A perfect storm

Optometry is facing a post-pandemic recruitment crisis. What can be done? 

Getty/Matt Jeacock / EyeEm

Once upon a time, finding a job – even a temporary one, designed to keep you gainfully occupied until the school term started again – was a daunting task.

I don’t think I’ll ever forget politely asking when I could expect to hear back about a job on the till at Woolworths the summer after my GCSEs, only to be told that they’d had 995 applications for five roles and had consequently drawn a random 20 to interview. And that was pre-2008.

Graduating off the back of a recession five years later, with a humanities degree and classmates signing on, or practically fighting each other for retail and admin jobs in their hometowns while they worked out how they could possibly approach the question of career, the reality of there being too few jobs to go around felt more true than ever.

A decade on, though, with most of those once job-hungry classmates firmly ensconced in various professional sectors, something strange seems to be happening.

It appears that, across the country and across multiple industries, the job situation has entirely flipped. For the first time in my memory there are, conversely, more roles than there are people to fill them. In all quarters, recruitment is stalling, applications are a dribble rather than a wave, and sectors from hospitality to PR simply can’t get the staff (Woolworths, sadly, did not live to see the moment where it could no longer guarantee 1000 applications for a minimum wage role).

In the world of optics, it’s true that certain pockets of the UK have always had recruitment issues: rural areas, those miles from the universities offering optometry courses, the Scottish Highlands, where locums are few and far between. For practice owners in these areas, this is not new news.

Recently, though, the situation seems to have worsened in these areas, as well as spreading to others. OT has heard reports from various urban centres, which potentially might not have experienced a staffing crisis before, where optometrists are run off their feet and finding it impossible to source extra staff to ease the ever-increasing workload.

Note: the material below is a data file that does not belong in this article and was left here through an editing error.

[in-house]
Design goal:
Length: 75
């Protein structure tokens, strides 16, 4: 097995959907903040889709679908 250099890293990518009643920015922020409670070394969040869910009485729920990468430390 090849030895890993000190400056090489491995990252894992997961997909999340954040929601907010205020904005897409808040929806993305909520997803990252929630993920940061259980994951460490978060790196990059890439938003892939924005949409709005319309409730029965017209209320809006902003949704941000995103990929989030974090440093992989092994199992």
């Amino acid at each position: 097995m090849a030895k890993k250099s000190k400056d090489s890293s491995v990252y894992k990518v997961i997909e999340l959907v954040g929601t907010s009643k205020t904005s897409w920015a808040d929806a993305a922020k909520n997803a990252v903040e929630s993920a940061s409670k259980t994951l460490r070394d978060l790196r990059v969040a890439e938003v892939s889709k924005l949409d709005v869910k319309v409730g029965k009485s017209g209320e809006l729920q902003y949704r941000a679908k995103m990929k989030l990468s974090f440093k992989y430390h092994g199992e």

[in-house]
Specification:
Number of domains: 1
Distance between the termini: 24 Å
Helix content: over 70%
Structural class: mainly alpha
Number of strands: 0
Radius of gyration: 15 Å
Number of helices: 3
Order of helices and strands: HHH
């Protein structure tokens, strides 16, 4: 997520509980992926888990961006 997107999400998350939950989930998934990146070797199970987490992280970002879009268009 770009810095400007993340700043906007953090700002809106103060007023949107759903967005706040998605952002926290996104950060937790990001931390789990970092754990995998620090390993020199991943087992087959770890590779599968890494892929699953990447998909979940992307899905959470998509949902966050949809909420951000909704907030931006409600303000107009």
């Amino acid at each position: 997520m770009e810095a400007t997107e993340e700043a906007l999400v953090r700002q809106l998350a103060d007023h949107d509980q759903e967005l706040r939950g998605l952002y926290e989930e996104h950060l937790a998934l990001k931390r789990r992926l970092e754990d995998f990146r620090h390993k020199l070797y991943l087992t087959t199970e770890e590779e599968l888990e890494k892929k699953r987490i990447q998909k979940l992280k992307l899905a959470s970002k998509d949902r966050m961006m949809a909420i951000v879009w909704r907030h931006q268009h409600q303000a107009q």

With the College of Optometrists’ Green phase now in place, but with a recruitment staffing issue and the much-discussed patient backlog a stark reality, it seems that, after two years of intense change, optometry unfortunately can’t yet pause and take a breath.

Why is this? The answer, it appears, is many-fold.

Speaking to practitioners has suggested everything from people choosing to work less and focus on balance and family life post-pandemic, to the changing demographic of the profession meaning that younger optometrists are now more likely than ever to be based in cities (33% of optometrists and dispensing opticians in the UK are Asian or British Asian, according to the GOC’s 2021 Equality and Diversity Data Monitoring report; this is a demographic that has traditionally lived and worked in more urbanised areas than rural ones). An aging population, with increasingly complex eye care needs, and a general lack of confidence in seeking out new roles in an uncertain economic climate are also factors at play.

Opening optometry courses in areas that have previously suffered from recruitment issues, for example in the south west, may not prove the solution either, if graduates remain keen to move closer to home for their pre-reg years and first jobs. And with the cost of living crisis likely to hit those on low incomes hard in the coming months, who could blame the graduates of 2022 for heading home?

While the issue is happening across the country, it’s also a reality across multiple industries, with friends in areas as diverse as publishing and market research also feeling the pinch of declined offers and candidate no-shows.

The question of how this is solved is a complex one, with no short-term fixes likely to present themselves.

Creative solutions might be required, but the question remains about who is responsible for coming up with them. Within optics, does the responsibility fall on industry bodies, employers, or universities?

The answer might be a concerted effort from everyone, although while practices are firefighting to see patients in a timely way, putting time aside to come up with solutions to a national problem might seem a tad unrealistic.

Maybe the solution is first discussing the situation. Conversations about novel ways to solve the staffing crisis won’t come if practices continue to struggle alone. Speaking to your Local Optical Committee, the AOP or OT might be the first step, so feel free to get in touch if you want to share your experiences in this area. OT will be doing whatever it can, in the coming weeks and months, to highlight the solutions that the profession puts forward.

OT  asks...

Are you experiencing an issue finding staff (either locums or residents) in your area?
  • Yes

    127 35%
  • No

    201 55%
  • I’m not looking for staff at the moment

    31 8%